You BITCH Cyclops!
So much for tenure.
Marvel Comics is bumping off Professor X — the founder of the superhero group, the X-Men, and a character who’s been around for 50 years — in a comic book landing in stores Wednesday. And in a development that what will get readers worked up, it’s his own prized student, the fan-favorite Cyclops, who delivers the death blow in “Avengers vs. X-Men #11.”
“I got a little teary-eyed when we were scoping out the moment in the room with the series’ writers and editors,” says Marvel Editor in Chief Axel Alonso.
“He needed to be the casualty in this story. There’s no more oh-sh-- moment that you can bring than having a son killing his father.”
Charles Xavier, however, may also have been a victim of changing tastes in comics. Created with the first batch of X-Men by Stan Lee and Jack Kirby in 1963, the follicular-challenged telepath became a Martin Luther King Jr.-inspired symbol for super-powered mutants always hounded by humans.
Xavier and his X-Men were “relatable to anybody who’s felt like the other, anyone who’s felt persecuted, whether due to race, gender, sexuality or just plain nerdiness,” Alonso says. And that’s just about everyone who has ever purchased a comic book.
Cyclops is no longer the teacher's pet as he bumps off Professor X in Wednesday's 'Avengers vs. X-Men' #11.
Even as the character was ready for his closeup in the movies — played by Patrick Stewart and later James McAvoy in 20th Century Fox’s “X-Men” franchise — he was becoming anachronistic in the books. Wolverine and the team are now too old for lectures.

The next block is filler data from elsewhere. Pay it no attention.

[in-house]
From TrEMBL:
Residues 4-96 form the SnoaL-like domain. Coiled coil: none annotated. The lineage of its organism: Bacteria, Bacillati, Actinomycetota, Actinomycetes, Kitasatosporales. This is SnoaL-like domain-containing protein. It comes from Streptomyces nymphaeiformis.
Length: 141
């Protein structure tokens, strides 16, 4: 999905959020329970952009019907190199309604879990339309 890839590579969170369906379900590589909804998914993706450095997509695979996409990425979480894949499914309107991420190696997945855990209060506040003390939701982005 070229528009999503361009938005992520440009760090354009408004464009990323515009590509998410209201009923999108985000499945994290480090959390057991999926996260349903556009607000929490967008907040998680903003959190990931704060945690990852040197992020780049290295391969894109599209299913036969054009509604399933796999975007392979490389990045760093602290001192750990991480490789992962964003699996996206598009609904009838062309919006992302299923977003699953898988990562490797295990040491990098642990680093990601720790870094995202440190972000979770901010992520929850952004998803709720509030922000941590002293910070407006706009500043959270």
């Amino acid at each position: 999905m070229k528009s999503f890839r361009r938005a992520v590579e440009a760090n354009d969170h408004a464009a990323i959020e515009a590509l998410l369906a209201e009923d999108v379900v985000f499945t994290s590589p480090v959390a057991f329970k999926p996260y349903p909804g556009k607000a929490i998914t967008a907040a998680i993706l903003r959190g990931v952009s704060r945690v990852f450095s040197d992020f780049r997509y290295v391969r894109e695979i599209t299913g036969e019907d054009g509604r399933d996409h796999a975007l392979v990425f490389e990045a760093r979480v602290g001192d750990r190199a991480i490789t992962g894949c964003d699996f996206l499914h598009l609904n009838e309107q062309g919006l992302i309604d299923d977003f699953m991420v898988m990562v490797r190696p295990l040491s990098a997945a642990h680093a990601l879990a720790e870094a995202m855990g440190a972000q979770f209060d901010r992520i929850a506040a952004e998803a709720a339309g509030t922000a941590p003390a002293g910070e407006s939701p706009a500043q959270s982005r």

“He was this thing that was just floating around the X-books, with not the same amount of gravitas that he once had,” says Brian Bendis, who wrote the issue. “I did point out that he would matter more in death.”
It doesn’t take a mind-reader to see Xavier’s end is a means to put one of the publisher's popular super heroes through the ringer.
“The moment is shocking, and certainly will be talked about by message boards forever and ever, but it’s really about what you get afterwards,” Bendis says. “What Cyclops has to do now, is dig himself out of the biggest, deepest hole in the history of comic books.”
There’s always the chance that Xavier will return through some quirk of comic-book physics. DC Comics revived Superman less than a year after his “death” and had the Flash eventually sprint back to the mortal coil two decades after his demise. Captain America was killed off in 2007 — only to turn out to be lost in time, courtesy of a high-tech ray gun blast.
But this time could be different. Marvel executive editor Tom Brevoort promises, “This is about as serious and lasting a death as you’re apt to get in one of these.”